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The fight Canadian taxpayers paid

The fight Canadian taxpayers paid

This week, a historic ruling came from the Canadian Human Rights Tribunal, finally acknowl-edging systemic discriminatory funding practices towards First Nations children by Canada’s federal government. The statistics are shocking. While the same standards of care apply for indigenous and non-indigenous children — First Nations are funded 22% less than those same services for non-First

This week, a historic ruling came from the Canadian Human Rights Tribunal, finally acknowl-edging systemic discriminatory funding practices towards First Nations children by Canada’s federal government.

The statistics are shocking. While the same standards of care apply for indigenous and non-indigenous children — First Nations are funded 22% less than those same services for non-First Nations.

To make matters worse, First Nations children are also overrepresented in Canadian child wel-fare statistics. Despite making up only 3% of the Canadian population, First Nations children make up to 40% of the child welfare cases in Canada.

This combination, overrepresentation plus chronic underfunding, has created a crisis for First Nations families in Canada.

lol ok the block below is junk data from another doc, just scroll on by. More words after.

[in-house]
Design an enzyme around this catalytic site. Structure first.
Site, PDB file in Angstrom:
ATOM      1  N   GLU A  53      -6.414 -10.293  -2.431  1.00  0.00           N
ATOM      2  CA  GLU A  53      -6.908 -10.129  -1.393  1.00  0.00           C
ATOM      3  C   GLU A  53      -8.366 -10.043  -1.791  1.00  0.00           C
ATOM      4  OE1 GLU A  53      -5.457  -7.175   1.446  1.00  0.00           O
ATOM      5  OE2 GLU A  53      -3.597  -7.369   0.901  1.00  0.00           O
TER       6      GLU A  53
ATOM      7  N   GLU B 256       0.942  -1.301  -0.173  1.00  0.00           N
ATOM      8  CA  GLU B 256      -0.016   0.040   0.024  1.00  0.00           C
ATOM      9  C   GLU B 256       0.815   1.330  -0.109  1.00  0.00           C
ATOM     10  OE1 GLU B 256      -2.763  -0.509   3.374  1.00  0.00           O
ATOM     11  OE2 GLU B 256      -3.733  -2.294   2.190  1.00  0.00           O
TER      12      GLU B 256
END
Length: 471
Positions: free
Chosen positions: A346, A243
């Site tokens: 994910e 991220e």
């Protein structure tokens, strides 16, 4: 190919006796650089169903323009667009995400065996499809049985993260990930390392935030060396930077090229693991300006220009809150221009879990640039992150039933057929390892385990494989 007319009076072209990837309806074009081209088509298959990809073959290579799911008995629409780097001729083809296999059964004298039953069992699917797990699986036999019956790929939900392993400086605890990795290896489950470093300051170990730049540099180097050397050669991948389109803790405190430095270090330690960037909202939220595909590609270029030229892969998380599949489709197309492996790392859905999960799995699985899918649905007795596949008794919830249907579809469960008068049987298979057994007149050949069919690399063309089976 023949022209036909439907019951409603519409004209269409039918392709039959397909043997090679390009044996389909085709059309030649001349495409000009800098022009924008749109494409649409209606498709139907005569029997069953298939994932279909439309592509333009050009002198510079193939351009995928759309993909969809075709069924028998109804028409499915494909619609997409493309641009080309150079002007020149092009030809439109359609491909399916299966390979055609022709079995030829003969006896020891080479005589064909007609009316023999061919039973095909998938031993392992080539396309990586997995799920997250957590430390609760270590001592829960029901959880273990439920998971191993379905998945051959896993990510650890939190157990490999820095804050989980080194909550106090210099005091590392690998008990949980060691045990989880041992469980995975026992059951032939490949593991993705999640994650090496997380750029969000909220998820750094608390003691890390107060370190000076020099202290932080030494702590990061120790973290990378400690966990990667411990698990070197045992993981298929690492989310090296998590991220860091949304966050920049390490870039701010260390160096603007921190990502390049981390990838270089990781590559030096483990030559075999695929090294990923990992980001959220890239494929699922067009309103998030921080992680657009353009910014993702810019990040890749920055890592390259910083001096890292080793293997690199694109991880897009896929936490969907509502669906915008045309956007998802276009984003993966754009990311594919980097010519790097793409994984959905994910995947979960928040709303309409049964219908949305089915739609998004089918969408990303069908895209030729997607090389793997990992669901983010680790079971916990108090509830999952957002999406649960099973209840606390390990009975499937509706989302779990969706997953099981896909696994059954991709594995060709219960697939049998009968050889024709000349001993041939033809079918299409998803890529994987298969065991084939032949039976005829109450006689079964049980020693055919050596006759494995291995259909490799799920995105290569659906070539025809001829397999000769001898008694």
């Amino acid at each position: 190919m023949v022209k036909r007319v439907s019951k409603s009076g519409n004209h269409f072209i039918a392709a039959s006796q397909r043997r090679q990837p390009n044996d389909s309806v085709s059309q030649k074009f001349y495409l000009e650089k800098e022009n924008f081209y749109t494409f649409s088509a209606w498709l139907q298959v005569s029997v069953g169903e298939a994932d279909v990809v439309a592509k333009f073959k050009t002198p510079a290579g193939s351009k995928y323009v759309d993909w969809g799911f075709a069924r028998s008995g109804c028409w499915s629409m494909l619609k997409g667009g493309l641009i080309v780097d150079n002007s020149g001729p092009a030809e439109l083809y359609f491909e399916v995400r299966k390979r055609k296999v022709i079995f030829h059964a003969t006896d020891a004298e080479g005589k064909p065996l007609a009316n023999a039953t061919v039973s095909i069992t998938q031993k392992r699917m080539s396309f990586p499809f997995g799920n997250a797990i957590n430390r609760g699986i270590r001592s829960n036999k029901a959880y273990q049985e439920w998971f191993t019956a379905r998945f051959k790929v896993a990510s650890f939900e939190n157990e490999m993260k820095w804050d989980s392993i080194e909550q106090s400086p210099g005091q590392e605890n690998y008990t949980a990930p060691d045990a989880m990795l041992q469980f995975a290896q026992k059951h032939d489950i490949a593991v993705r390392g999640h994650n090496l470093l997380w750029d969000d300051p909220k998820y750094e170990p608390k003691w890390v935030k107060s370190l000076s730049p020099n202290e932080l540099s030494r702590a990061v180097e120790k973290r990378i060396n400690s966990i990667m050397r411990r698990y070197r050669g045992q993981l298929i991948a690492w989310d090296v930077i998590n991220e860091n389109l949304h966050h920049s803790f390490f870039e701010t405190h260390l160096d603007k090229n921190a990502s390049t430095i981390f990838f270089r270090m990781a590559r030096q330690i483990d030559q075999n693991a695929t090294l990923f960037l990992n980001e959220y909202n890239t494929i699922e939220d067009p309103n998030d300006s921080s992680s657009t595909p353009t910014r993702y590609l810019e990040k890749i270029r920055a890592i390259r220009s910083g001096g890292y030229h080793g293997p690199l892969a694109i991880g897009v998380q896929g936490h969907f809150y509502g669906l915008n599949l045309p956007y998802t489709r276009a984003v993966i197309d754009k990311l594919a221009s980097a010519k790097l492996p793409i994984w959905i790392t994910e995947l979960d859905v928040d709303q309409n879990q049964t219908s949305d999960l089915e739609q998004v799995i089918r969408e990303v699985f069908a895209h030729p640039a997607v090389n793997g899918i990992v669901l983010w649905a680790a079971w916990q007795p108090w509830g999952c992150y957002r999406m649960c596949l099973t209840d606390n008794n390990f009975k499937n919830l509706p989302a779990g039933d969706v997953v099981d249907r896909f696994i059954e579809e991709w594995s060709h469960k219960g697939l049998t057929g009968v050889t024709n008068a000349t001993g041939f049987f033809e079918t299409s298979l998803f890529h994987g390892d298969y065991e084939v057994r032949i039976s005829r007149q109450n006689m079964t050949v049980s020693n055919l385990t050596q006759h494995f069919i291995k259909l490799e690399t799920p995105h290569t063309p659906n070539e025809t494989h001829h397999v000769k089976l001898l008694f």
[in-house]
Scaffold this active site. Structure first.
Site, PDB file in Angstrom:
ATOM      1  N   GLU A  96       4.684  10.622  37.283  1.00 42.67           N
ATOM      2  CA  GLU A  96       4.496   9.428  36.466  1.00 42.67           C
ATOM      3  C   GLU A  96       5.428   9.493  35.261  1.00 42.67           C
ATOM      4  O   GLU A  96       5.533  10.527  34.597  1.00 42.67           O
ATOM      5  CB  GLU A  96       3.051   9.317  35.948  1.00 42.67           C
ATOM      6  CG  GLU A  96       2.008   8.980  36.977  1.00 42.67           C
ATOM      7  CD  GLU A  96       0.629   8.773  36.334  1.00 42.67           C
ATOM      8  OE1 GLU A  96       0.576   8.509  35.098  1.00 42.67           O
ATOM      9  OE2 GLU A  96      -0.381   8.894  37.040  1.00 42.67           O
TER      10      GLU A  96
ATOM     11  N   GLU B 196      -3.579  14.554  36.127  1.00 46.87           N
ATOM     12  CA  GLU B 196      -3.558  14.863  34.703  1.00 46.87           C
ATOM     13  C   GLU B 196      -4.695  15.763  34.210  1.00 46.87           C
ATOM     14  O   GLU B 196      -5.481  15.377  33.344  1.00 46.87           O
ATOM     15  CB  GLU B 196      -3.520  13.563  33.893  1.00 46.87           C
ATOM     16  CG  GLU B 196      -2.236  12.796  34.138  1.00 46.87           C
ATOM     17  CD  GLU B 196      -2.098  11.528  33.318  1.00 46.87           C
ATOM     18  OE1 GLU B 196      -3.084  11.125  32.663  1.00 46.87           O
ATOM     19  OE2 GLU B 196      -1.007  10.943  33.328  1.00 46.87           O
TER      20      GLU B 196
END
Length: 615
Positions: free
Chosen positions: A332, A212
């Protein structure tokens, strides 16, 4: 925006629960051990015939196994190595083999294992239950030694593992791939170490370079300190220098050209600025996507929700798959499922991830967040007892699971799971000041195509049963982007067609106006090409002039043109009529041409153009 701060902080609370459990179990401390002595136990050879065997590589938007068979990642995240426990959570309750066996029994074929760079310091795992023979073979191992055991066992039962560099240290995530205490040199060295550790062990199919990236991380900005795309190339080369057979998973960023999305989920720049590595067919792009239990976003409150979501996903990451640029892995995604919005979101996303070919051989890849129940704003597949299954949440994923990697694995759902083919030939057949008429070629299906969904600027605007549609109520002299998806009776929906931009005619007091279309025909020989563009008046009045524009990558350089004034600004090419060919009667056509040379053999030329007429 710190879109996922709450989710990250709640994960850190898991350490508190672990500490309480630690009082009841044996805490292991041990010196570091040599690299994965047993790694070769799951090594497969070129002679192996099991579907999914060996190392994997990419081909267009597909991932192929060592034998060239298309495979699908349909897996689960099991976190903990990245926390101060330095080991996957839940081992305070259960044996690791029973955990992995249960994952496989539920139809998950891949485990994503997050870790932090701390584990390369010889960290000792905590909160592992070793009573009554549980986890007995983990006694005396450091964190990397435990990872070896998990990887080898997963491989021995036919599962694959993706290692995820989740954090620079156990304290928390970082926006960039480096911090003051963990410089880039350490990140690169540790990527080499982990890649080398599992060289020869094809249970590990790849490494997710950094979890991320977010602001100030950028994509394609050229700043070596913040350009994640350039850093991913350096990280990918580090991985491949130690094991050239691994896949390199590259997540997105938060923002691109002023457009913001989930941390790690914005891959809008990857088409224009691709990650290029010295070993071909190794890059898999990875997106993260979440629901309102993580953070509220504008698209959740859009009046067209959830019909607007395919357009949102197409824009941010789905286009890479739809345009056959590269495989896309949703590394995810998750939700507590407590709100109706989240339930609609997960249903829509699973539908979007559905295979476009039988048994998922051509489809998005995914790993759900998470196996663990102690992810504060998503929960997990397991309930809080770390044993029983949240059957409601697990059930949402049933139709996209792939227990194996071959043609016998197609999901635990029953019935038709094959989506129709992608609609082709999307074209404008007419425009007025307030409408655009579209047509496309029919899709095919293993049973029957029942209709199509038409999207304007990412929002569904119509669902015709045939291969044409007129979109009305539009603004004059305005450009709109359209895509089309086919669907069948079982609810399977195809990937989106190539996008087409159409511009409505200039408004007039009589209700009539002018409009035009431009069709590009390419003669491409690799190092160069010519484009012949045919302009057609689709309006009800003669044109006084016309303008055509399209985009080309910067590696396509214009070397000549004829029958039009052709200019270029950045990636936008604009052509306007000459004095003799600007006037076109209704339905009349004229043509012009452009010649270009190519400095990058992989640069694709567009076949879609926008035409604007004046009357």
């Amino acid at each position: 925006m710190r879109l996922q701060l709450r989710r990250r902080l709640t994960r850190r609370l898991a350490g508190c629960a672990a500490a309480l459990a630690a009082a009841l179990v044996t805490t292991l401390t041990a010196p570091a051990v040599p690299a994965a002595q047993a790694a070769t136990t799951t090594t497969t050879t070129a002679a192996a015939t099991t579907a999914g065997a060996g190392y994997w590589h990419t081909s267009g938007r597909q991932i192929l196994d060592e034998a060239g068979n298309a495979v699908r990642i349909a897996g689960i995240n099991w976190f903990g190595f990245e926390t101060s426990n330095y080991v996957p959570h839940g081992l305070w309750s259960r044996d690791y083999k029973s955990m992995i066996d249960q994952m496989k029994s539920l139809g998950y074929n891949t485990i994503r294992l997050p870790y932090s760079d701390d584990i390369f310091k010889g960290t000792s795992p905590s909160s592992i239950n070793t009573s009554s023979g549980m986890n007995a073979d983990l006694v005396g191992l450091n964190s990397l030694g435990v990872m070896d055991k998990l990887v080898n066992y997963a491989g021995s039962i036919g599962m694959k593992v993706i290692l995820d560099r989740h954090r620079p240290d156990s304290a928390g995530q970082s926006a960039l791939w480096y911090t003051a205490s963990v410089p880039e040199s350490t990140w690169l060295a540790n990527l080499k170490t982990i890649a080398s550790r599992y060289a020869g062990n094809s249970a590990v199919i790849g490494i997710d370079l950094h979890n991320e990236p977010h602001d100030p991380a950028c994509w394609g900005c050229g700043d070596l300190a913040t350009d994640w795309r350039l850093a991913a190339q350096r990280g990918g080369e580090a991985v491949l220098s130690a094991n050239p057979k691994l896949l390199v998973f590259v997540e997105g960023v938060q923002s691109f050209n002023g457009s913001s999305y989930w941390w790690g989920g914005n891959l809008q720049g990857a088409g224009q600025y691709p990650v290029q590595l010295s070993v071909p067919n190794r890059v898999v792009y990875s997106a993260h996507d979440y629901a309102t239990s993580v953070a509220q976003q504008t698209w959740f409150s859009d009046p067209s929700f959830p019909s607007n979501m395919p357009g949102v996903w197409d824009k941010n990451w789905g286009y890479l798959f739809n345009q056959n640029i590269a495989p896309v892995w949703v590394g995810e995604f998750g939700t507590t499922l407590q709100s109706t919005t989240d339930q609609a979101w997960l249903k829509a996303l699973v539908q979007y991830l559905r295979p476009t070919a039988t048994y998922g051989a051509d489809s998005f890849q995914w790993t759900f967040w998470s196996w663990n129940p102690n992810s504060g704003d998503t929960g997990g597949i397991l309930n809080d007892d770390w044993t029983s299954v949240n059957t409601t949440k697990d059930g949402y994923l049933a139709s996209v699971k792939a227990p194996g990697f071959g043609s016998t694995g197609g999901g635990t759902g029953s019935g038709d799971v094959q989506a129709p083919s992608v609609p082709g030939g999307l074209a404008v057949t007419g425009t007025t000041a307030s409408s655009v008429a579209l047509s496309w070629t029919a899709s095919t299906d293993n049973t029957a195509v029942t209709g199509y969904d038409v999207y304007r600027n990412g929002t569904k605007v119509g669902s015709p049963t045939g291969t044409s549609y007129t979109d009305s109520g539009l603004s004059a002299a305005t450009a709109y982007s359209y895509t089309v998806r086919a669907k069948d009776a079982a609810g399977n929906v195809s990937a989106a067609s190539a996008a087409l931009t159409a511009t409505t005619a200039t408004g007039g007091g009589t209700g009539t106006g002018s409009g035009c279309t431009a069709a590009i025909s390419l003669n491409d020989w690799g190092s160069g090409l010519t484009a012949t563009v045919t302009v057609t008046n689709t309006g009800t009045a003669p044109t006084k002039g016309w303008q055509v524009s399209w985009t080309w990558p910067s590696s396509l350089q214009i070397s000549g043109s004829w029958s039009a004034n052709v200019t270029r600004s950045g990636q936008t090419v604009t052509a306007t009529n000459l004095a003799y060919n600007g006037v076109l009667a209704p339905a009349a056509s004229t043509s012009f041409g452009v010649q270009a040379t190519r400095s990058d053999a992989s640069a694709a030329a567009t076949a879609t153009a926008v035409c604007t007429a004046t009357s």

Dr. Cindy Blackstock, the woman responsible for launching this case, travelled across Canada in 2015 sharing the work she, the First Nations Child & Family Caring Society and the Assembly of First Nations launched in 2007 against the Canadian federal government.

In total, 72 days of evidence were presented to the tribunal in 2013 & 2014, arguing that there were significant known funding disparities between Canadian children and First Nations children on reserves across Canada.

But why and how, in a country as modern and socially conscious as Canada, would there be a discriminatory practice?

In fact these funding disparities for First Nations children go back to the beginning of child wel-fare allocated for First Nations children: Canada’s Indian Residential Schools.

One of the most powerful pieces of evidence shared with the tribunal was an early letter from notorious former Superintendent of Indian Affairs Duncan Campbell Scott – giving permission for Indian Agents to remove First Nations children from their families.

“The warrant had a second provision that allowed for the removal of First Nations children because they ‘were not properly cared for’,” Blackstock said. “This is the earliest document I know of for child welfare in Canada.”

Blackstock was present on Six Nations of the Grand River in 2015 as part of a national tour sharing the work of the Caring Society. During her presentation Blackstock said, “There are many words you can use to explain the over representation of First Nations children in care, but unavoidable is not one of them. We simply have to allow for good community responses that target those factors and we could have a lot more of our children home. But in order to do that we need to have an equitable opportunity to care for them.”

This is a sobering and sad reality. First Nations parents and children have been victimized by a discriminatory system since the days of Duncan Campbell Scott. That is nearly 100 years of fighting just for the equal opportunity to bring up our own children; a basic human right that many non-indigenous Canadians never have to fight for.